“We were no longer building our future at home, but rather collecting rents in the present on investments from the past, like coupon clippers living off past prosperity,” David Dodge, former governor of the Bank of Canada, wrote in a report for the Public Policy Forum in September.
Dodge, among other observers, says the prolonged current account deficit serves as a useful — if worrying — barometer of the Canadian economy, one that should serve as a warning signal for a federal government focused almost exclusively on redistribution rather than economic growth. Many say it’s time for Canada to get serious about a question that has stumped policymakers for years: how can we materially grow Canada’s exports to ensure a healthy future economy?
While Ottawa’s emergency funding measures aimed at battling COVID-19 only magnifies this account balance, Dodge says it is part of a much broader trend that stretches back years.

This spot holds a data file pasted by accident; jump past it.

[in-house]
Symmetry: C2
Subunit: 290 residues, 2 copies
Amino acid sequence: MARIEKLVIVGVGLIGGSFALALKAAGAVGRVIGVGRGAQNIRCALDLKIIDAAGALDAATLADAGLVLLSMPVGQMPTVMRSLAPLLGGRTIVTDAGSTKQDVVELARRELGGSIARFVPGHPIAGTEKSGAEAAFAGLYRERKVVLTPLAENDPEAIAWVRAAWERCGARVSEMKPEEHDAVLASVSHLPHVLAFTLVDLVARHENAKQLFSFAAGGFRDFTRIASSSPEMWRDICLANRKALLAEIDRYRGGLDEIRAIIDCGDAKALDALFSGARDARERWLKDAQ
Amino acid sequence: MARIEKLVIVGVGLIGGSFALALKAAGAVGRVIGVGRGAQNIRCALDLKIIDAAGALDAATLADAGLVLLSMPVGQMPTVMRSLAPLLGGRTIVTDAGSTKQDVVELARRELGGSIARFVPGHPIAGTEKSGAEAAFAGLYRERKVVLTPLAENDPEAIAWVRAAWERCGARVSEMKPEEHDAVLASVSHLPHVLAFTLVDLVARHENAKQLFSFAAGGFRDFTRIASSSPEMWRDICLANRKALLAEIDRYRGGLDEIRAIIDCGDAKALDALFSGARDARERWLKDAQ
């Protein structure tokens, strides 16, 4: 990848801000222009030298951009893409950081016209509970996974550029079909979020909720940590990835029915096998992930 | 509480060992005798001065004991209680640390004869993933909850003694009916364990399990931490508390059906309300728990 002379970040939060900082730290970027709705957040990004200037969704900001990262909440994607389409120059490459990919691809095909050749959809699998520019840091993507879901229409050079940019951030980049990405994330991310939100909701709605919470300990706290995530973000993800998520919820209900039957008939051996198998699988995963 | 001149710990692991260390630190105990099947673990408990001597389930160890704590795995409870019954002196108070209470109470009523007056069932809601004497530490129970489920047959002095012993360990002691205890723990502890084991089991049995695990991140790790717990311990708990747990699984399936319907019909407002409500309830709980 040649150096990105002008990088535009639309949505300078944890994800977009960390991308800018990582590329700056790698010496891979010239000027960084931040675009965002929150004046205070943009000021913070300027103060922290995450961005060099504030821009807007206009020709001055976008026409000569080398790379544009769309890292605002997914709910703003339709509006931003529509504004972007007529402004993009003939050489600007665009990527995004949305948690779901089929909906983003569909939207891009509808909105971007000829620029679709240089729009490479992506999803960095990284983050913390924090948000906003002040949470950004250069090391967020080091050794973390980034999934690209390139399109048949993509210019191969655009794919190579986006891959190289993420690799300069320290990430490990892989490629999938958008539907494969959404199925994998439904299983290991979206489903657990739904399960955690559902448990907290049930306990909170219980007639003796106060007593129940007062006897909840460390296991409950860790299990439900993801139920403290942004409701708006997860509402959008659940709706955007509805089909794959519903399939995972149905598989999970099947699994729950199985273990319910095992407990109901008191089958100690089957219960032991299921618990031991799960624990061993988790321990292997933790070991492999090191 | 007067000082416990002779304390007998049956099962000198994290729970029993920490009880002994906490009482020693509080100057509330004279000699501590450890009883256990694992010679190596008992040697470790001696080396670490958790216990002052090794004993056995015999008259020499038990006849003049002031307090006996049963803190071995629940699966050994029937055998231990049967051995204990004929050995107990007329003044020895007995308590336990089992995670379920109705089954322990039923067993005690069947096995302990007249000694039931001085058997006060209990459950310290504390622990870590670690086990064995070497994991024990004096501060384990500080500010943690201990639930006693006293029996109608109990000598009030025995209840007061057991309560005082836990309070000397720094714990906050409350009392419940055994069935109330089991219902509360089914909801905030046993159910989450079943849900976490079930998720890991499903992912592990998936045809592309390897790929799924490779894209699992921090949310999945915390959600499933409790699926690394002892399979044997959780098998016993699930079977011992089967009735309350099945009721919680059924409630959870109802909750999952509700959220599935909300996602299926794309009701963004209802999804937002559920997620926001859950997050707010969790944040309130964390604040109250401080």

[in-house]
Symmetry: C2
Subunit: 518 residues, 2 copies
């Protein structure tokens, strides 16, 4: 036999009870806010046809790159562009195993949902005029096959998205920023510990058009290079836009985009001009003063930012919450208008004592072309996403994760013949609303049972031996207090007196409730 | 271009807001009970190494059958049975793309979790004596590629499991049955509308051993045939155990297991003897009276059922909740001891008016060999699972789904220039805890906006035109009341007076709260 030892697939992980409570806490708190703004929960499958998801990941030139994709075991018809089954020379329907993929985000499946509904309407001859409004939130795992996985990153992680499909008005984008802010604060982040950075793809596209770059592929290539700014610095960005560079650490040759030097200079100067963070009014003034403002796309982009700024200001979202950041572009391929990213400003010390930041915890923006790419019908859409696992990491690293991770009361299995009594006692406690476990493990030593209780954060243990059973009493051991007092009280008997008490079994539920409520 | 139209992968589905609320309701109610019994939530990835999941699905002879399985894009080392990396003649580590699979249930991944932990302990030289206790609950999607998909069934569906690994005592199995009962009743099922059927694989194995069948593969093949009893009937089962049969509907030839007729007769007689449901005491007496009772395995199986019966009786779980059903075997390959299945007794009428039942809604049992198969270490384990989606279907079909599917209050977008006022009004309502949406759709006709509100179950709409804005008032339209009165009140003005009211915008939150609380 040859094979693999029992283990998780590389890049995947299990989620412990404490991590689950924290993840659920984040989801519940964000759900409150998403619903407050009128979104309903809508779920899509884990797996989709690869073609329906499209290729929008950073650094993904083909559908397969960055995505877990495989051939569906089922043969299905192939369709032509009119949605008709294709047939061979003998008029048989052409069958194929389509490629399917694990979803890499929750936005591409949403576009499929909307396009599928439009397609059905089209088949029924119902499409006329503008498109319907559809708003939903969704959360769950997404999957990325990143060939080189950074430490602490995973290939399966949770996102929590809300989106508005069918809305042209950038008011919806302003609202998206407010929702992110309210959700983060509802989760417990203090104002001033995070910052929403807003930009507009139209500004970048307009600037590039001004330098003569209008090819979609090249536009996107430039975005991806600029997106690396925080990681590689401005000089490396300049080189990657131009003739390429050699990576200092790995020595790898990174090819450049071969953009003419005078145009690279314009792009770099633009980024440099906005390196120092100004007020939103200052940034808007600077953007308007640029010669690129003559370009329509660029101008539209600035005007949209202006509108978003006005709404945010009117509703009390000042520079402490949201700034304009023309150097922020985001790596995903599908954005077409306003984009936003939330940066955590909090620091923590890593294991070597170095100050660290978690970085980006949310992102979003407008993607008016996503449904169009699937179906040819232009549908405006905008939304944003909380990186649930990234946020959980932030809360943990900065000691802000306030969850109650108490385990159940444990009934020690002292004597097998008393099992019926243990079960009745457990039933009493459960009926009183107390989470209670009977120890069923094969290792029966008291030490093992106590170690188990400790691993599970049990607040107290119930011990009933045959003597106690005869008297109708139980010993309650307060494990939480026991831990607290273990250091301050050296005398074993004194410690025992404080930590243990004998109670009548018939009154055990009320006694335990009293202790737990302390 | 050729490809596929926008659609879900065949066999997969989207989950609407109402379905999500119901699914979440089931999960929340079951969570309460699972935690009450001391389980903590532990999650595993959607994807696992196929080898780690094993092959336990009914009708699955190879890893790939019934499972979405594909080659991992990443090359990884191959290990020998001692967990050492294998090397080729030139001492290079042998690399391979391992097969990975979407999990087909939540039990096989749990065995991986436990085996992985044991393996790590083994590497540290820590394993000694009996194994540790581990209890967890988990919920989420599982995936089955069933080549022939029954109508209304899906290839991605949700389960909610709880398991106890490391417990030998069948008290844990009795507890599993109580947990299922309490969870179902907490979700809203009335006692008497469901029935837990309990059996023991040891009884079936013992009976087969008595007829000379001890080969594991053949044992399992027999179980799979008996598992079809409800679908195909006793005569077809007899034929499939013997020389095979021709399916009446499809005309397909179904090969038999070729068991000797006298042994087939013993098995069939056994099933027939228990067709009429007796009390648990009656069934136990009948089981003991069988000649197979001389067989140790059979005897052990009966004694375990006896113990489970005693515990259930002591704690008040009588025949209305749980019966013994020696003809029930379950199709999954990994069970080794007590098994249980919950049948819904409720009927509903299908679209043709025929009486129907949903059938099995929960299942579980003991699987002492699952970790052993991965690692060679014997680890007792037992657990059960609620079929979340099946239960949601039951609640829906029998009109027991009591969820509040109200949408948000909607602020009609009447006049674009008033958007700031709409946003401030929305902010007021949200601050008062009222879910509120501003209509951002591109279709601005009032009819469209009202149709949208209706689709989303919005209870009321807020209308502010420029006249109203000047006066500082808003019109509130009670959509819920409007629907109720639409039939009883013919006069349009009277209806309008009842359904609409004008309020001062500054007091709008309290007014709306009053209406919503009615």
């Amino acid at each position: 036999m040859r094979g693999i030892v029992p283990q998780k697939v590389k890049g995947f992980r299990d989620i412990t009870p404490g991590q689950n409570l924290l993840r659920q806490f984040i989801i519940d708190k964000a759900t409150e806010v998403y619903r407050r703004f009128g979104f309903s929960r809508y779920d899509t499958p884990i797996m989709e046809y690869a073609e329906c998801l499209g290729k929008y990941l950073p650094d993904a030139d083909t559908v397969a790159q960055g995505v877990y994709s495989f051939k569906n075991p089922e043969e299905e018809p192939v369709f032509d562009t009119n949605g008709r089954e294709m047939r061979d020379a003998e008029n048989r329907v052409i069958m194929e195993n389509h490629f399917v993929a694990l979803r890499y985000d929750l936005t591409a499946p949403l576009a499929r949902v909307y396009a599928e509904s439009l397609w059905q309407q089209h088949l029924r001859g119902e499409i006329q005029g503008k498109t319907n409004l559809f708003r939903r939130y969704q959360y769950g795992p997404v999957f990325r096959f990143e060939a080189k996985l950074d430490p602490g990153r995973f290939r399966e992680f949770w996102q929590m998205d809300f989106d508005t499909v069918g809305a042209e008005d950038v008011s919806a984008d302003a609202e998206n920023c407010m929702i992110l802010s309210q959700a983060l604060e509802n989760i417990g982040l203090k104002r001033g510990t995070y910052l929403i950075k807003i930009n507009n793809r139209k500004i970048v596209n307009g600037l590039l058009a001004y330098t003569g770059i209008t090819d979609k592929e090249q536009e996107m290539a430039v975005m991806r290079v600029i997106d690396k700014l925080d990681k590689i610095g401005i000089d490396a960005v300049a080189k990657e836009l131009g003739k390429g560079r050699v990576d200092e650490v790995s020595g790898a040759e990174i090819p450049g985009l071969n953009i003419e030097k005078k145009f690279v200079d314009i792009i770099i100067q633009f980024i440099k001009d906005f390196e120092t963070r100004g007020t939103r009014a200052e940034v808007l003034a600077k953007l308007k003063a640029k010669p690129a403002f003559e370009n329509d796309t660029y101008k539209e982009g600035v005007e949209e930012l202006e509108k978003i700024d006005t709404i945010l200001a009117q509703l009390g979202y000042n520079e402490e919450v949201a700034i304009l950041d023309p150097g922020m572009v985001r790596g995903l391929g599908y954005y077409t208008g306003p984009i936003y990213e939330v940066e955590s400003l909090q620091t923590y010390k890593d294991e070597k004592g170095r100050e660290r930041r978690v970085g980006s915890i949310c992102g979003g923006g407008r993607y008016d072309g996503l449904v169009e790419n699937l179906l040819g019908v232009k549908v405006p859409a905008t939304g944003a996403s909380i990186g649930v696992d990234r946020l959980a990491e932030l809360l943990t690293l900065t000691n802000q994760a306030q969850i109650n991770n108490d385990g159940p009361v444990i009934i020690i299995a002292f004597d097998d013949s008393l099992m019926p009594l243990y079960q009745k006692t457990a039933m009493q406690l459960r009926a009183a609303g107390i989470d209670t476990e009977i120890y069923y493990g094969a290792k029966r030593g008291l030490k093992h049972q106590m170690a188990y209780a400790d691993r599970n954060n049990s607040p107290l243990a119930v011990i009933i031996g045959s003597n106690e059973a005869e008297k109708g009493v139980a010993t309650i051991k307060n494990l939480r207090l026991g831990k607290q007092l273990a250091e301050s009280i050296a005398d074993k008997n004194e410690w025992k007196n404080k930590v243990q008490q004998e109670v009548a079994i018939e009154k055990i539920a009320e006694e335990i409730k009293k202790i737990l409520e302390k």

“We were already on a slippery slope coming into COVID,” he said in a recent interview with National Post.
Ahead of the 2008 financial crisis, Canada’s exports exceeded imports by a “healthy” margin of three to five per cent, Dodge said in the PPF report. That has since been flipped over for an annual average deficit of negative two to three per cent.
And while annual current account deficits don’t spell trouble for a country, a chronic shortfall can spell trouble as governments continue to draw from the public purse to pay for costly social programs like childcare, expanded unemployment insurance, and healthcare for a rapidly aging population.